“If You See An Empty Space, Put A Picture In Its Place”. A saying favoured, I suspect, by artists more than curators. But it’s these words that pop into my head as I sail around the Glynn Vivian Gallery in Swansea.
It’s a lovely space, an airy municipal pile in the centre of the city. Like so many others, it is based on the collection of a wealthy and privileged Victorian who travelled the world snapping up whatever arts and artefacts he fancied and leaving them (thank goodness!) in public hands.
Curators, I’m sure, are taught to respect the white space as much as any typographer and you rarely see paintings stacked to the rafters these days. So why do I feel slightly short-changed? Especially since I parted with no money in the first place. Ingrate.
There are, of course, some great wonders to see, and beautifully arrayed. But my discomfort only increased when I entered the exhibition billed, “Women in Art: Portraits from the Collection”. Oh good, I thought, a rare chance to learn more about female portrait artists. But I knew something was awry when one of the first paintings to catch my eye was by the otherwise estimable Wyndham Lewis. Eh?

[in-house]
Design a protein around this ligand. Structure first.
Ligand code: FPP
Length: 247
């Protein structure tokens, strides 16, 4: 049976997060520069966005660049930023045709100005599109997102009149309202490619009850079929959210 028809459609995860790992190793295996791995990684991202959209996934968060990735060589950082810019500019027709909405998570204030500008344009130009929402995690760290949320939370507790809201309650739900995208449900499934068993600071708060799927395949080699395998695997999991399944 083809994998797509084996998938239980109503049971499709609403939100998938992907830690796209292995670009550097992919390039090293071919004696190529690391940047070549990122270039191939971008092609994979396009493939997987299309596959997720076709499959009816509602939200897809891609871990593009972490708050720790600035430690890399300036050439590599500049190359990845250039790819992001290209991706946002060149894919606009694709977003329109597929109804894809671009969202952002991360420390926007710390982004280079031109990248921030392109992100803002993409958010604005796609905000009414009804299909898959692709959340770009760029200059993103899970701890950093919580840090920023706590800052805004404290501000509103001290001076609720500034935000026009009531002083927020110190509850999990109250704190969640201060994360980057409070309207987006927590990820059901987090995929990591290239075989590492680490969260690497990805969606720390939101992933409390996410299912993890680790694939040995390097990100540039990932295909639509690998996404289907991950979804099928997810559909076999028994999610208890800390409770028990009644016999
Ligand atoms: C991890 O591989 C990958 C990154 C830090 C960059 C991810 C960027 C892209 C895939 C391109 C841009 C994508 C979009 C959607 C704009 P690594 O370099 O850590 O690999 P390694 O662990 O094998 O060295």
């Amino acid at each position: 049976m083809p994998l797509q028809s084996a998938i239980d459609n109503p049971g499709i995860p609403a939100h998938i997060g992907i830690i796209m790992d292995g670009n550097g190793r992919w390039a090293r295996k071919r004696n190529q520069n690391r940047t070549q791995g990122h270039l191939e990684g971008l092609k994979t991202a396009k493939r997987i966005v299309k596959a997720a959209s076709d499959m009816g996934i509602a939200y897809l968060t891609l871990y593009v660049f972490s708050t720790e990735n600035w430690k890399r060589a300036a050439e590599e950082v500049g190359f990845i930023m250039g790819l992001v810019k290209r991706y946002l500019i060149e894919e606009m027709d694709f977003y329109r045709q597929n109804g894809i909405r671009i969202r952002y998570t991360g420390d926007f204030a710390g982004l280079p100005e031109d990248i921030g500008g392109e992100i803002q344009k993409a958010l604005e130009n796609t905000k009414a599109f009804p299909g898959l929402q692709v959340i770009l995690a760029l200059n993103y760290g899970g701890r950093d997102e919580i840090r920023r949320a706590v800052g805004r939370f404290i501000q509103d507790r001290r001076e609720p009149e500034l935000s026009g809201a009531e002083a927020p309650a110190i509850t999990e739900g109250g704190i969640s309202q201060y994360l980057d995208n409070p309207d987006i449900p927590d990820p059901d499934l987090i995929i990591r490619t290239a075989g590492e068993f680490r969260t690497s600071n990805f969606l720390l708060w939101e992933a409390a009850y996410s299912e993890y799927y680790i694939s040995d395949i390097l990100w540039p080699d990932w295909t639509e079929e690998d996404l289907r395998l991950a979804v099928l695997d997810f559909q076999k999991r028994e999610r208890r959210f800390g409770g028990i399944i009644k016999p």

Out of 18 portraits, only seven were by actual female women. This was not my expectation. The blurb on the information board compounded matters by saying the collection was brought together to mark the 100th anniversary of the Representation of the People Act which “gave” the vote to (some) women for the first time.
It’s not my place to gripe, but here was an open goal. Certainly, the collection only has what it has in its collection but surely a few phone calls could have garnered some contemporary Welsh talent and put the likes of Ceri Richards, William Roberts and Evan Walters back on the bench for now?
Anyway, on a more positive note, here are some of the truly wonderful female artists on display, including my new favourite, Shani Rhys James.